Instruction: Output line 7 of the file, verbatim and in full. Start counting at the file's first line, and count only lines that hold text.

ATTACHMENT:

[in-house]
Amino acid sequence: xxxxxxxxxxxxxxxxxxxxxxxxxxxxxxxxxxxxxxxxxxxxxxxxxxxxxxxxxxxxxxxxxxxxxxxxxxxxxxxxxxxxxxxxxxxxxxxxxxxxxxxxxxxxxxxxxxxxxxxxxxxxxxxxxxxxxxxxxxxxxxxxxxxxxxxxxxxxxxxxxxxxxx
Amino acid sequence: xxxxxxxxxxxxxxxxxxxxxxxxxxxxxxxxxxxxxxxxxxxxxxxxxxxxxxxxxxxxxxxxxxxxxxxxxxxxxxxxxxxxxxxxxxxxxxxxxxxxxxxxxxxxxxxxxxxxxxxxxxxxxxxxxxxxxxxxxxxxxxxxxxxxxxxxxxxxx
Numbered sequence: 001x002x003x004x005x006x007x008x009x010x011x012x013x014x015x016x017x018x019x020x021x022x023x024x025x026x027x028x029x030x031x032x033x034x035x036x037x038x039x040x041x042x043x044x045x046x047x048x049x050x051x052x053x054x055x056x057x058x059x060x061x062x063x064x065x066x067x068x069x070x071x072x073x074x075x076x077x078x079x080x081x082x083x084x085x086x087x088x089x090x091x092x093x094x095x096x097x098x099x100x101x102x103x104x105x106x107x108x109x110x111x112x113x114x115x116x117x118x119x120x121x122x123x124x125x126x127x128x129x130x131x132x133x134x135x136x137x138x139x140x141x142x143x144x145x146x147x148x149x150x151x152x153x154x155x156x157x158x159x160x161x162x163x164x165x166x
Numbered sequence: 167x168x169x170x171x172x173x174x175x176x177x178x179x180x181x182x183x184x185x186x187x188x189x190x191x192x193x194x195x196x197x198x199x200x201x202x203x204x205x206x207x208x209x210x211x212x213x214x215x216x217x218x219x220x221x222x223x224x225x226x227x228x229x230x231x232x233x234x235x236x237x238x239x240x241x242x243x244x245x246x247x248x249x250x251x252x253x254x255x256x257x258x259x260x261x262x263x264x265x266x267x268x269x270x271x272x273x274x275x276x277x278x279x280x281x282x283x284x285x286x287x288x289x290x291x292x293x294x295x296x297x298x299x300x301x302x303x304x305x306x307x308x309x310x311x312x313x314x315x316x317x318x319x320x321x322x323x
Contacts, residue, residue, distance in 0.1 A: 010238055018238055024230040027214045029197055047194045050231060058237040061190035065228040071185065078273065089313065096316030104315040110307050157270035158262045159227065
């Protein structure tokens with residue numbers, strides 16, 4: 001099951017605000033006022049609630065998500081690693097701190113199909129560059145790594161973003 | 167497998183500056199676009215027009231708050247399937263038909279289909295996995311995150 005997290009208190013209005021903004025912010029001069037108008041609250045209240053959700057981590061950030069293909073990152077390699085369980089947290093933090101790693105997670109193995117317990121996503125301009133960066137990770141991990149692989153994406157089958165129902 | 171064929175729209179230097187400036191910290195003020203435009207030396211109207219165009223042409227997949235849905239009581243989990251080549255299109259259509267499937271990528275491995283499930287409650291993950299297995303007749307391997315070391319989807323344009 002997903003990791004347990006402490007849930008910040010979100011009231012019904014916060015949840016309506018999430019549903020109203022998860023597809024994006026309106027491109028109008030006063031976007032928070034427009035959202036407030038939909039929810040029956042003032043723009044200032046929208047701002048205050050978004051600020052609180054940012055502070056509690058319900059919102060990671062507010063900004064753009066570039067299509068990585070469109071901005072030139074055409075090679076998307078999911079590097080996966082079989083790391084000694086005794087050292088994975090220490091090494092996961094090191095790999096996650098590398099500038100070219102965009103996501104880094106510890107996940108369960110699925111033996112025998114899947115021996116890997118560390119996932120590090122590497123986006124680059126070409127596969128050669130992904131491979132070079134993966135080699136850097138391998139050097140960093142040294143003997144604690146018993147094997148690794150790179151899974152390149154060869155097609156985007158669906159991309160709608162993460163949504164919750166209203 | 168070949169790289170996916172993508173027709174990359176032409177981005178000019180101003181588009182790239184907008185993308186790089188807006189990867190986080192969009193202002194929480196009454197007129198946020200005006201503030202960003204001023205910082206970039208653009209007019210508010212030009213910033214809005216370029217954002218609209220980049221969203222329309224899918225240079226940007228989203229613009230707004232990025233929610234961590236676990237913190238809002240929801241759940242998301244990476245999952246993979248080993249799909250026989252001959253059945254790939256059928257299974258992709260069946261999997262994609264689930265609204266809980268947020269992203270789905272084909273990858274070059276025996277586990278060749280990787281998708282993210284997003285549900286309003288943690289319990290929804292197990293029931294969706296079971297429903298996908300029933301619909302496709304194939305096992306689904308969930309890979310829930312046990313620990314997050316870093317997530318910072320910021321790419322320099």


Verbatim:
């Protein structure tokens with residue numbers, strides 16, 4: 001099951017605000033006022049609630065998500081690693097701190113199909129560059145790594161973003 | 167497998183500056199676009215027009231708050247399937263038909279289909295996995311995150 005997290009208190013209005021903004025912010029001069037108008041609250045209240053959700057981590061950030069293909073990152077390699085369980089947290093933090101790693105997670109193995117317990121996503125301009133960066137990770141991990149692989153994406157089958165129902 | 171064929175729209179230097187400036191910290195003020203435009207030396211109207219165009223042409227997949235849905239009581243989990251080549255299109259259509267499937271990528275491995283499930287409650291993950299297995303007749307391997315070391319989807323344009 002997903003990791004347990006402490007849930008910040010979100011009231012019904014916060015949840016309506018999430019549903020109203022998860023597809024994006026309106027491109028109008030006063031976007032928070034427009035959202036407030038939909039929810040029956042003032043723009044200032046929208047701002048205050050978004051600020052609180054940012055502070056509690058319900059919102060990671062507010063900004064753009066570039067299509068990585070469109071901005072030139074055409075090679076998307078999911079590097080996966082079989083790391084000694086005794087050292088994975090220490091090494092996961094090191095790999096996650098590398099500038100070219102965009103996501104880094106510890107996940108369960110699925111033996112025998114899947115021996116890997118560390119996932120590090122590497123986006124680059126070409127596969128050669130992904131491979132070079134993966135080699136850097138391998139050097140960093142040294143003997144604690146018993147094997148690794150790179151899974152390149154060869155097609156985007158669906159991309160709608162993460163949504164919750166209203 | 168070949169790289170996916172993508173027709174990359176032409177981005178000019180101003181588009182790239184907008185993308186790089188807006189990867190986080192969009193202002194929480196009454197007129198946020200005006201503030202960003204001023205910082206970039208653009209007019210508010212030009213910033214809005216370029217954002218609209220980049221969203222329309224899918225240079226940007228989203229613009230707004232990025233929610234961590236676990237913190238809002240929801241759940242998301244990476245999952246993979248080993249799909250026989252001959253059945254790939256059928257299974258992709260069946261999997262994609264689930265609204266809980268947020269992203270789905272084909273990858274070059276025996277586990278060749280990787281998708282993210284997003285549900286309003288943690289319990290929804292197990293029931294969706296079971297429903298996908300029933301619909302496709304194939305096992306689904308969930309890979310829930312046990313620990314997050316870093317997530318910072320910021321790419322320099």